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LAMBETH: Bishop claims "We Are Now in Indaba"

LAMBETH: Bishop claims "We Are Now in Indaba"

By Hans Zeiger in Canterbury
www.virtueonline.org
July 31, 2008

CANTERBURY-A Canadian bishop announced at a Thursday press conference that the bishops at the Lambeth Conference are "now in Indaba." This follows morning Indaba group sessions on the topic of human sexuality, which according to an Australian archbishop, were more than "navel-gazing."

The Rt. Rev. Colin Johnson, Bishop of Toronto, said that a conversation was taking place in the "Indaba" discussion groups, which consist of forty bishops broken into subgroups of eight bishops. He declared that "we are continuing to engage in Indaba ... We are now in Indaba. We are really, truly talking to one another."

Johnson said that his own contribution to the conversation is that he comes from a community with "a very large lesbian, gay, transgender, bisexual population, so I'm speaking that into the conversation."

More conservative voices have joined in the conversation. According to the Most Rev. Ian Ernest, Archbishop of the Indian Ocean and chairman of the Council of Anglican Provinces of Africa, "We have expressed our convictions clearly," including convictions about the issue of polygamy in Africa. He recounted having "spoken with passion about my convictions" in his Indaba group, which was followed by a bishop of The Episcopal Church rising to announce that "we have to journey together."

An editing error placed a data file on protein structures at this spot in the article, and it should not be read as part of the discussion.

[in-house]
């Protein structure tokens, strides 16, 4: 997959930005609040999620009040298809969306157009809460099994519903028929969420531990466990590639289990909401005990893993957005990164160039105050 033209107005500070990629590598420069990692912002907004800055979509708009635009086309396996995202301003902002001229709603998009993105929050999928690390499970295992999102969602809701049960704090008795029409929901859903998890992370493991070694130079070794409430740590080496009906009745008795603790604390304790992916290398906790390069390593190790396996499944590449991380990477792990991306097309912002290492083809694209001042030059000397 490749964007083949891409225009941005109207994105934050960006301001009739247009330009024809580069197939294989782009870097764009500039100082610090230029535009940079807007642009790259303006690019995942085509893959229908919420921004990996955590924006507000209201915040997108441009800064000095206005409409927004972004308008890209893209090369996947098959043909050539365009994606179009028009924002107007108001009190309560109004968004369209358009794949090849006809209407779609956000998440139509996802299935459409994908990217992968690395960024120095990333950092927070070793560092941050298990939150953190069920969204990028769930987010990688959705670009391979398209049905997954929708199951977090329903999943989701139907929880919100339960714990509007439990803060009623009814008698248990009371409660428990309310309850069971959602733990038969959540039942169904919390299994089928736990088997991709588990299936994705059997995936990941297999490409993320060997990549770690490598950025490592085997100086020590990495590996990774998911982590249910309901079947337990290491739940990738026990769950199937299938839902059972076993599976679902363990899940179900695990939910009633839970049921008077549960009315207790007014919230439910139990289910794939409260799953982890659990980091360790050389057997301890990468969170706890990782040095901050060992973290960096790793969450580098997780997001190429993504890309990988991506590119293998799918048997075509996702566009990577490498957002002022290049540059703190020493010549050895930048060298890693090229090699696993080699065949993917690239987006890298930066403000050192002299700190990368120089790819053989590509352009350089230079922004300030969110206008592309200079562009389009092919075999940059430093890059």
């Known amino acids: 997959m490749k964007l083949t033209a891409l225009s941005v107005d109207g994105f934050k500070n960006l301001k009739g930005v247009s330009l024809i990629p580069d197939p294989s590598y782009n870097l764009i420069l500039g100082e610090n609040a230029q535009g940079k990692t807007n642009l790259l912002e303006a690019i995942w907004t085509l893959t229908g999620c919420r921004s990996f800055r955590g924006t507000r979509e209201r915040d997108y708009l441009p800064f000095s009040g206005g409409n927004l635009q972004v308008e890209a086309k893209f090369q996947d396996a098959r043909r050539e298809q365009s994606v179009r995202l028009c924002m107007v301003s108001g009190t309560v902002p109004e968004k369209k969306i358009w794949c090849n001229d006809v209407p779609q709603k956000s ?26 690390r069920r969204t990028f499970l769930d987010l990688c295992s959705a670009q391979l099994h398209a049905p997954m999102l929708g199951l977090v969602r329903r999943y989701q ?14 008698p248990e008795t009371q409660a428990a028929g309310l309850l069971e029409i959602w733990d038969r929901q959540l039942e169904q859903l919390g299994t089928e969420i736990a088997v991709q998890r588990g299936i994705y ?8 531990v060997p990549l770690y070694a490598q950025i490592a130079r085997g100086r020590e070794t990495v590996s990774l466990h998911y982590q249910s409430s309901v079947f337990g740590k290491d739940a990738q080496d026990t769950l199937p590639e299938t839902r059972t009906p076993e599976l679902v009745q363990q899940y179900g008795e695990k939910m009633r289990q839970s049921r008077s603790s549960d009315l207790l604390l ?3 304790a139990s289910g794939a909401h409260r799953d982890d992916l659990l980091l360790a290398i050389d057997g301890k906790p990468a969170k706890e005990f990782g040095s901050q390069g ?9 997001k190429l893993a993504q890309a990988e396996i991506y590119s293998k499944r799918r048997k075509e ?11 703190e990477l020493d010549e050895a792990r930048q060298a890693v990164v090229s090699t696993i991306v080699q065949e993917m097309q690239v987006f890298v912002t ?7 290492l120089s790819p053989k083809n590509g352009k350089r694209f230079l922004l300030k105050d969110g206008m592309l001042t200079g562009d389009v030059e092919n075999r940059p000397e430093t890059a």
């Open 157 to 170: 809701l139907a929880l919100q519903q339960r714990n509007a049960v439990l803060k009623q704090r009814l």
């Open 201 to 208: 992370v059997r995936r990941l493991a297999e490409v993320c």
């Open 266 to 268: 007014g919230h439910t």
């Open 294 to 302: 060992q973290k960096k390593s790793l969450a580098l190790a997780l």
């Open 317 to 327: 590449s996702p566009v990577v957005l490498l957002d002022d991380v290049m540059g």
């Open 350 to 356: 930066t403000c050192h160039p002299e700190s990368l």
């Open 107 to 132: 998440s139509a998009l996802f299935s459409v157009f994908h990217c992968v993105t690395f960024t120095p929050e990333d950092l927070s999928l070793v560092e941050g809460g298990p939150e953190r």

The Most Rev. Phillip Aspinall, Archbishop of Brisbane, also framed the events in terms of a journey. Asked whether the Indaba sessions are merely navel-gazing, he replied, "It doesn't feel like navel-gazing. It feels like significant steps are being taken with the bishops." He said that the tone of the conversation was much more civil than the discussions ten years ago surrounding Lambeth Resolution 110, which stated that marriage is between a man and a woman while committing the Anglican Communion to the "Listening Process" with gays and lesbians.

"Conversation is about turning towards another person," said Johnson. "The purpose is not to convert the other person toward my point of view or to be converted to the other person's point of view."

Indeed, according to Aspinall, "I am not aware of any bishops changing their minds" about issues of human sexuality. He summarized his own Indaba session as follows: "We haven't suddenly reached consensus."

But Johnson said that there are "probably some people who have nuanced their position."

Johnson also said that bishops have reached consensus in other important areas: "the environment, ecology, and the Millennium Development Goals," the latter of which he described as "the critical issues in our world." He said, "We felt in conversations so far that we are engaged in a common mission."

END

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